Imran Khan No-Trust Vote: Imran Khan’s Fight For Survival As No-Trust Vote Comes Up: 10 Points


Imran Khan has called for peaceful protests against what he said was a “conspiracy” to unseat him.

Pakistan Prime Minister Imran Khan, facing the biggest challenge to his rule since being elected in 2018, has called on his supporters to take to the streets as a no-trust vote that could see him thrown out of office comes up today.

Here are the 10 points in big story:

  1. Mr Khan’s Pakistan Tehreek-e-Insaf party (PTI) effectively lost its majority in the 342-member assembly last week when a key coalition partner said its seven lawmakers would vote with the opposition.

  2. More than a dozen lawmakers from the ruling party have also indicated they will cross the floor, although party leaders are trying to get the courts to prevent them from voting.

  3. On Saturday, Mr Khan called on supporters to take to the streets to peacefully protest against what he said was a “conspiracy” hatched outside Pakistan to unseat him. “I want you all to protest for an independent and free Pakistan,” he said during a public question and answer phone-in broadcast by state media.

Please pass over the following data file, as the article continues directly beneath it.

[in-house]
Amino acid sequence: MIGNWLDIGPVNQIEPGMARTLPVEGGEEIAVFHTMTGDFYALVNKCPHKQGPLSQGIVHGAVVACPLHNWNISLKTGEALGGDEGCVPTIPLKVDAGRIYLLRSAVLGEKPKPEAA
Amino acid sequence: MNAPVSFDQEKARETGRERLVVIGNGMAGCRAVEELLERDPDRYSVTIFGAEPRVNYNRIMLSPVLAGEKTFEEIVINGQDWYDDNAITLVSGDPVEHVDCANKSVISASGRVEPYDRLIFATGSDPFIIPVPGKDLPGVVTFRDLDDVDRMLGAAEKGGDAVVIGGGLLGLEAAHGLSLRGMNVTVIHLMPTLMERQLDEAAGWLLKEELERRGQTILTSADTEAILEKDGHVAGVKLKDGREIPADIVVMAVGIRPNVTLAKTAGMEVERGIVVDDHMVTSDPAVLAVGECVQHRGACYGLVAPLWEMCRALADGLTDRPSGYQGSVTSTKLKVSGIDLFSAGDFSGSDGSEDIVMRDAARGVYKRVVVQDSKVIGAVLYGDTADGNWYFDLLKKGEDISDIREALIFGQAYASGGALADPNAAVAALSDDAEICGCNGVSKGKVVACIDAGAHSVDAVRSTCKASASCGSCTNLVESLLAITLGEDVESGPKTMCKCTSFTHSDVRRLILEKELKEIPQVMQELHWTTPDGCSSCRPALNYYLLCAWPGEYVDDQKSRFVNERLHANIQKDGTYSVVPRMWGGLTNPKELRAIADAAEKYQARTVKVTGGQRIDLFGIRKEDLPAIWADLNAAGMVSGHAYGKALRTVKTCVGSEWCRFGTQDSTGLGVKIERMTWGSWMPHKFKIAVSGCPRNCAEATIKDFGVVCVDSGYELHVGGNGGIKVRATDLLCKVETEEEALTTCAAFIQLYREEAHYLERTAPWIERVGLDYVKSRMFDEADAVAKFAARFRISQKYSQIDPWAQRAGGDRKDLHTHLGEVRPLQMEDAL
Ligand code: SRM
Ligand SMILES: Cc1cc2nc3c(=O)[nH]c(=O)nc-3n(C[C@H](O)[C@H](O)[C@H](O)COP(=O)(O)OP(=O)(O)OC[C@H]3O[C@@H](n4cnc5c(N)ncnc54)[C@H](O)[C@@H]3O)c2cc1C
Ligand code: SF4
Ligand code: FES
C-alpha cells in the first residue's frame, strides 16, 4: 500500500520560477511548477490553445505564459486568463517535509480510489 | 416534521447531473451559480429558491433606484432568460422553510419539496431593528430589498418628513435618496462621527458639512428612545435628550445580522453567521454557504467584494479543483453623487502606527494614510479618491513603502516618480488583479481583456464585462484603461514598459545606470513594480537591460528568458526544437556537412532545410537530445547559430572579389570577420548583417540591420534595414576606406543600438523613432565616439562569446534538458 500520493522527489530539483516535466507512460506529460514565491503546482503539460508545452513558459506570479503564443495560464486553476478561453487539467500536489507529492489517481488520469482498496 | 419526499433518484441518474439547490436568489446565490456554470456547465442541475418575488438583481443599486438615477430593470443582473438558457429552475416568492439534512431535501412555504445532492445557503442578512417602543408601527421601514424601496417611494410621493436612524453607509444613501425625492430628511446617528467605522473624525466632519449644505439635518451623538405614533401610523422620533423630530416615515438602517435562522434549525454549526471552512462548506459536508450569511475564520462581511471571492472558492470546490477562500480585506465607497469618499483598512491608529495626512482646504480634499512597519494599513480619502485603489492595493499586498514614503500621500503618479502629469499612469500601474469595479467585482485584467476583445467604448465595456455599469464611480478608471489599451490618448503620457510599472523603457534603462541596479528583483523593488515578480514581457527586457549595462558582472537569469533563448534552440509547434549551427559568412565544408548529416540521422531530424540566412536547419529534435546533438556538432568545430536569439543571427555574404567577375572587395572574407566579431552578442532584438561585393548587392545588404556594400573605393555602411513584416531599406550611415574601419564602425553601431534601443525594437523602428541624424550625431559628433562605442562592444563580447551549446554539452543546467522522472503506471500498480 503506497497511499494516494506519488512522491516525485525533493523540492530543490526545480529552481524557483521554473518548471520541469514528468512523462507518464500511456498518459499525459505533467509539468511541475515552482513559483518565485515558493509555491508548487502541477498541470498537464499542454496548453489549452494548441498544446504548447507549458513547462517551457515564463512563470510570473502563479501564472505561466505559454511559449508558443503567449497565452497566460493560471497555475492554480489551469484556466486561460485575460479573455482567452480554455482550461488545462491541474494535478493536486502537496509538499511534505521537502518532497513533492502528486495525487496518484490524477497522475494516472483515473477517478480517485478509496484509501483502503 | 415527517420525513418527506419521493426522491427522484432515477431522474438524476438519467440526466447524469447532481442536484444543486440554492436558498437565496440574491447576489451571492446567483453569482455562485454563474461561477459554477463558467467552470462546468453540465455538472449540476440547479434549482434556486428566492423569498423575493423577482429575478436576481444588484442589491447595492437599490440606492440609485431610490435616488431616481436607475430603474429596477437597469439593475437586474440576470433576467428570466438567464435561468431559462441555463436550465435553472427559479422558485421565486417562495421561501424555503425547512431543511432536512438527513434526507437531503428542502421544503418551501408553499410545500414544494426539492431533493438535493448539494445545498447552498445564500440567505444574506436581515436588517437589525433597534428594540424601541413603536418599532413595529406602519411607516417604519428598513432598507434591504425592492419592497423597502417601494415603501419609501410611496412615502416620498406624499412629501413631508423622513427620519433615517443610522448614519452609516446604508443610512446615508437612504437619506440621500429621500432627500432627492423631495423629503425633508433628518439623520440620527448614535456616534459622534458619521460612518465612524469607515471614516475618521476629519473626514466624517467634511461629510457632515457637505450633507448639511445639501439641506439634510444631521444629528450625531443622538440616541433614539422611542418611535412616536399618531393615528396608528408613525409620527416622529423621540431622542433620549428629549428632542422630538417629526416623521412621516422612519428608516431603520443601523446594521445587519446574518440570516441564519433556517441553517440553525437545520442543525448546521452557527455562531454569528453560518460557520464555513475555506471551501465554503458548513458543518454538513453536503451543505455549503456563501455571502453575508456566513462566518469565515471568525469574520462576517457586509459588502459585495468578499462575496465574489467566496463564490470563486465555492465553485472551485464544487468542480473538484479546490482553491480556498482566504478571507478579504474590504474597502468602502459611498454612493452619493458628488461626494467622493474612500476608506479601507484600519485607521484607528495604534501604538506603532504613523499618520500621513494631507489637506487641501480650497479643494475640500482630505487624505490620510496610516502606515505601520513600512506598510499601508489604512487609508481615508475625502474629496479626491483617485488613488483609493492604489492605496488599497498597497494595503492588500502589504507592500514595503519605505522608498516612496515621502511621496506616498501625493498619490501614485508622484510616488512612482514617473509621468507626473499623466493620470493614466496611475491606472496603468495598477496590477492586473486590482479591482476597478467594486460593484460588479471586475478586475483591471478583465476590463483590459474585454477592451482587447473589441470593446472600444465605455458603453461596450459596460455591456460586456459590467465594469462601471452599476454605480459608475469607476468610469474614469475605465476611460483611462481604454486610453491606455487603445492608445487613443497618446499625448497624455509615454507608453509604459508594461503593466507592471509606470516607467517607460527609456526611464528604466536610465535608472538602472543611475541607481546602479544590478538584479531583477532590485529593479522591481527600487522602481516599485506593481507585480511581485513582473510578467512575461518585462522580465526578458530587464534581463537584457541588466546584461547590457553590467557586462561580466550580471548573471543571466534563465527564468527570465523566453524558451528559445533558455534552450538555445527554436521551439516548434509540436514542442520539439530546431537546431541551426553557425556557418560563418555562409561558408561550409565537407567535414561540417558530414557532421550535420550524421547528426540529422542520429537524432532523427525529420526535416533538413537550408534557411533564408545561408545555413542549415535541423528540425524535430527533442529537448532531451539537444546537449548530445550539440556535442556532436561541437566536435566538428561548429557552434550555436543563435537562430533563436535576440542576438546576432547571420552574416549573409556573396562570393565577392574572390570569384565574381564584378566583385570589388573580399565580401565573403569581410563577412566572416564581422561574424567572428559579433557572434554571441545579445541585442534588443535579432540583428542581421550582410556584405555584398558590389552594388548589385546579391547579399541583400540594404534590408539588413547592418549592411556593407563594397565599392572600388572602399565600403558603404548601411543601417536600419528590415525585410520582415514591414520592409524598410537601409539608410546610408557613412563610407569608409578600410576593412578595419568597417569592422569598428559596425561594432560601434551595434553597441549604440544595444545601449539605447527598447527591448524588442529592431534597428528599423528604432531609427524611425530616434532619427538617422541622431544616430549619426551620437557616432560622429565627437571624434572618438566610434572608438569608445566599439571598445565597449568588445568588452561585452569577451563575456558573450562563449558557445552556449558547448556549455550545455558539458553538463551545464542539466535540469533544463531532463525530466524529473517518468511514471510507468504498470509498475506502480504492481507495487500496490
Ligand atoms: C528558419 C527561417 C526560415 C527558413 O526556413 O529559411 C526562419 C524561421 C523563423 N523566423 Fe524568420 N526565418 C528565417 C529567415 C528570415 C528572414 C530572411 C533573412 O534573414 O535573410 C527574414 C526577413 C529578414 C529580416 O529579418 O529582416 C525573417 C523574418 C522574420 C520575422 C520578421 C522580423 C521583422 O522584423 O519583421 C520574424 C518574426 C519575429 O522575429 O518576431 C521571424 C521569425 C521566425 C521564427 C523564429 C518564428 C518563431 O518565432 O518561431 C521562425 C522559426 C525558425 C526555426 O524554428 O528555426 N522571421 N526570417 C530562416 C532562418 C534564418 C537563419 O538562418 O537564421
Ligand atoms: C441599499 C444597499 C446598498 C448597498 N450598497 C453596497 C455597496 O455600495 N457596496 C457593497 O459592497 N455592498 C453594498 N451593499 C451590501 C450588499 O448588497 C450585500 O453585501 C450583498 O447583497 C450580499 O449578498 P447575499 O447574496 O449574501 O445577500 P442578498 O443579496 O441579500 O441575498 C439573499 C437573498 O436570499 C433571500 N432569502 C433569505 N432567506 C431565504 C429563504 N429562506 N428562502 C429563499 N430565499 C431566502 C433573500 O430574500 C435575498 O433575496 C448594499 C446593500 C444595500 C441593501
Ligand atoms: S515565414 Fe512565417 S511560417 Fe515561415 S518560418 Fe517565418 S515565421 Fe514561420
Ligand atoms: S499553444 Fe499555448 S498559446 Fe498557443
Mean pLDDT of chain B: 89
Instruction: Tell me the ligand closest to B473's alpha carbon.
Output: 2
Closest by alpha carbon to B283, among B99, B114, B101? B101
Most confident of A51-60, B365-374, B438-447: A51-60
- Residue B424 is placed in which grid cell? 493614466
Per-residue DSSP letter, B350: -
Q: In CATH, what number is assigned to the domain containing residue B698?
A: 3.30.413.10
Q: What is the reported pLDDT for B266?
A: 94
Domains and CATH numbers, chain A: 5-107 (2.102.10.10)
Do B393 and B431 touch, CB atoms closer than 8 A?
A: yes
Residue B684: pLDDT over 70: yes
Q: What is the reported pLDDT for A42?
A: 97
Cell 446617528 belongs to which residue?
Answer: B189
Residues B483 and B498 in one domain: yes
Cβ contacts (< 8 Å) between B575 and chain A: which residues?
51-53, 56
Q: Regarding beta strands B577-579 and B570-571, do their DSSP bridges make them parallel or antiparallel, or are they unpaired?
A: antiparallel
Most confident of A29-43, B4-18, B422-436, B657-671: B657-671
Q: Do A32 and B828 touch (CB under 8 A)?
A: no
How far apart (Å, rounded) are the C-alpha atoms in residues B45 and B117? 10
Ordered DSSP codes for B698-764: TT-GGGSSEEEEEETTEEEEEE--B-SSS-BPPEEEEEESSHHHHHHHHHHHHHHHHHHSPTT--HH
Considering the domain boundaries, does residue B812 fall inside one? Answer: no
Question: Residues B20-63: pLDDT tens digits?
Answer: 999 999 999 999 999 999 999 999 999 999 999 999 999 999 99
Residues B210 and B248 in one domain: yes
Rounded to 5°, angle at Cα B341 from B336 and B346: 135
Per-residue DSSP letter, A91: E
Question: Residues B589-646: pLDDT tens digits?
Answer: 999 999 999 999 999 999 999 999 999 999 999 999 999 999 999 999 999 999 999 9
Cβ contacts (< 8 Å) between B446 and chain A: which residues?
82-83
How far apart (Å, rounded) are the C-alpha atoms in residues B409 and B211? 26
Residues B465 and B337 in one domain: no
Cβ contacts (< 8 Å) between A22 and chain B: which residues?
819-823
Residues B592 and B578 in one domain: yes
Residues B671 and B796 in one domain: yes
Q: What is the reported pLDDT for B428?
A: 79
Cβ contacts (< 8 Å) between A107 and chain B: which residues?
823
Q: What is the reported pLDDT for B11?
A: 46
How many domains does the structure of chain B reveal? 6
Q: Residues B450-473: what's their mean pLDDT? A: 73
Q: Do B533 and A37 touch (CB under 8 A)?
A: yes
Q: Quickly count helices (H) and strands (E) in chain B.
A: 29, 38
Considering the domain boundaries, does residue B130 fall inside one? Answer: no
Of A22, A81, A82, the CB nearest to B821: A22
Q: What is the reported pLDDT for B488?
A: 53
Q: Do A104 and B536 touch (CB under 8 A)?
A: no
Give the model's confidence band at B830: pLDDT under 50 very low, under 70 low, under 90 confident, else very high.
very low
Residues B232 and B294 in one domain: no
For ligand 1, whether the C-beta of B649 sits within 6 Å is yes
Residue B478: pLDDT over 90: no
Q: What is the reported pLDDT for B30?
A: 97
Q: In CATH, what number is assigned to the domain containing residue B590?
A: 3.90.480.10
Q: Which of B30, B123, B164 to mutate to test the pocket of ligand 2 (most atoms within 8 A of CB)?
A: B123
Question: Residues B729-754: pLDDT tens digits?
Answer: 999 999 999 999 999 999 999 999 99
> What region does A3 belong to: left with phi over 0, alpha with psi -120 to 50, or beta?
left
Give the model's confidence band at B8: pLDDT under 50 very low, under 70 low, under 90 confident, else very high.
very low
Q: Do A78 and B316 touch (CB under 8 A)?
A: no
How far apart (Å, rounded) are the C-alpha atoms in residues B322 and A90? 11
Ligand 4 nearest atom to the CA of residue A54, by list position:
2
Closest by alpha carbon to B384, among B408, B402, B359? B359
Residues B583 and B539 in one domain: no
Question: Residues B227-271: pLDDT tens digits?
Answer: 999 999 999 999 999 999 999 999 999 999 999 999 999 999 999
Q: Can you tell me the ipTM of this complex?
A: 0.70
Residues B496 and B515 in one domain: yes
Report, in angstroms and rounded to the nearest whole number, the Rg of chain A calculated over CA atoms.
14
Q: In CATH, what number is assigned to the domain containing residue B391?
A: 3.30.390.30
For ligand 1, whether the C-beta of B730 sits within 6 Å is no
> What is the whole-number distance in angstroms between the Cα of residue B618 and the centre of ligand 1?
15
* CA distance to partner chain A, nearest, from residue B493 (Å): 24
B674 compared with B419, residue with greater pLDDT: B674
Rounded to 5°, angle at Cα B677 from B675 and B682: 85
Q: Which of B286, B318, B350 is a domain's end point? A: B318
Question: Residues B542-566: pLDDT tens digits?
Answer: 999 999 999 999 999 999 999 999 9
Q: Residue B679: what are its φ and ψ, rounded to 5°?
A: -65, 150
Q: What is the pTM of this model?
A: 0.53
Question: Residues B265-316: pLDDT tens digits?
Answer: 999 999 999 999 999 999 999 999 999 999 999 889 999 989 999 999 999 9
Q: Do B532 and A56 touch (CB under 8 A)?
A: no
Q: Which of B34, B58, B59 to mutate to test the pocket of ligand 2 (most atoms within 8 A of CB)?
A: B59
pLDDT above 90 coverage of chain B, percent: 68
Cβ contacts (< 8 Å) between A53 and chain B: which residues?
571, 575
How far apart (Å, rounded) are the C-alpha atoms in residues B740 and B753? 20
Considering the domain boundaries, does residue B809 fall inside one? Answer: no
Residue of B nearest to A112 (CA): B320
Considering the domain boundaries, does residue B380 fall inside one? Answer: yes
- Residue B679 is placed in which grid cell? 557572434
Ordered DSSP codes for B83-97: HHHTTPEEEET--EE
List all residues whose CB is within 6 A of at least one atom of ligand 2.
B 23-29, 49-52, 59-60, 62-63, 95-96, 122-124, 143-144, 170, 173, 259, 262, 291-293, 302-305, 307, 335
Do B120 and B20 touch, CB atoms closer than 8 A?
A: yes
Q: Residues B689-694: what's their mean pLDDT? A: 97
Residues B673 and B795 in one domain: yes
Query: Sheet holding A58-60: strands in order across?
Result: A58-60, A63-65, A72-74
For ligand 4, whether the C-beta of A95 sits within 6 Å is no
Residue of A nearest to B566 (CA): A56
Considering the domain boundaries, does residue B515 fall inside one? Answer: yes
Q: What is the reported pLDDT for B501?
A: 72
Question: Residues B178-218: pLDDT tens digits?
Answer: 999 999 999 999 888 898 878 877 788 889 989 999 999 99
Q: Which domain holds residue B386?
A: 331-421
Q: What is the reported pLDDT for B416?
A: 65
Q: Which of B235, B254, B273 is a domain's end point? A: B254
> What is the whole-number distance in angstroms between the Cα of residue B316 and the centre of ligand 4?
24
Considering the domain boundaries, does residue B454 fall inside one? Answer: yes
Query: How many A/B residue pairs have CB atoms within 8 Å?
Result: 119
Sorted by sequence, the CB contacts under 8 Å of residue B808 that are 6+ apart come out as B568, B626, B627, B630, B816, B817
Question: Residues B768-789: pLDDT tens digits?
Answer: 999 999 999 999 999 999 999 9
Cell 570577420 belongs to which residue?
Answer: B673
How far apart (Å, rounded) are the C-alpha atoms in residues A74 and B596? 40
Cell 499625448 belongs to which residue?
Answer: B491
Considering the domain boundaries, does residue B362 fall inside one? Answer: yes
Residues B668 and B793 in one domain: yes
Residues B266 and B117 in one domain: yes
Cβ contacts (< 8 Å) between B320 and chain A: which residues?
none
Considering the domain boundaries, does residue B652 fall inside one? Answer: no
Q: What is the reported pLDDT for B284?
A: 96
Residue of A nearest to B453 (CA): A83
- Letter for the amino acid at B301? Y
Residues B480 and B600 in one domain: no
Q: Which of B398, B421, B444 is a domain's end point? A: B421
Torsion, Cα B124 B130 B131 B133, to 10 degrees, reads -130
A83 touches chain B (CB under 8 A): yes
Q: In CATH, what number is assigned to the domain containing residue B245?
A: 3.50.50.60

4. Earlier this week, Mr Khan accused the United States of meddling in Pakistan’s affairs. He accused the opposition of conspiring with Washington to remove him because he won’t take the West’s side on global issues against Russia and China.

  5. The opposition is headed by the Pakistan Muslim League-N (PML-N) and the Pakistan Peoples Party (PPP) – two usually feuding dynastic groups that dominated national politics for decades until Khan forged a coalition against them.

  6. If Mr Khan goes, the PML-N’s Shehbaz Sharif is tipped to become the next prime minister – but on Saturday the government moved to have him sent back to jail to await trial on money-laundering charges that have been pending since 2020.

  7. Mr Sharif is the younger brother of three-time prime minister Nawaz Sharif, who was ousted and jailed on corruption charges in 2017 and is currently in Britain after being released from prison two years later for medical treatment.

  8. Some analysts say Mr Khan has lost the crucial support of the military – claims both sides deny – and Pakistan’s army is key to political power.

  9. Mr Khan, a former international cricket star who in 1992 captained Pakistan to their only World Cup win, hinted he still had a card to play. “I have a plan for tomorrow (Sunday), you should not be worried about it. I will show them and will defeat them in the assembly.”

  10. No Pakistan premier has ever completed a full term and he is the third one to face the no-trust vote.


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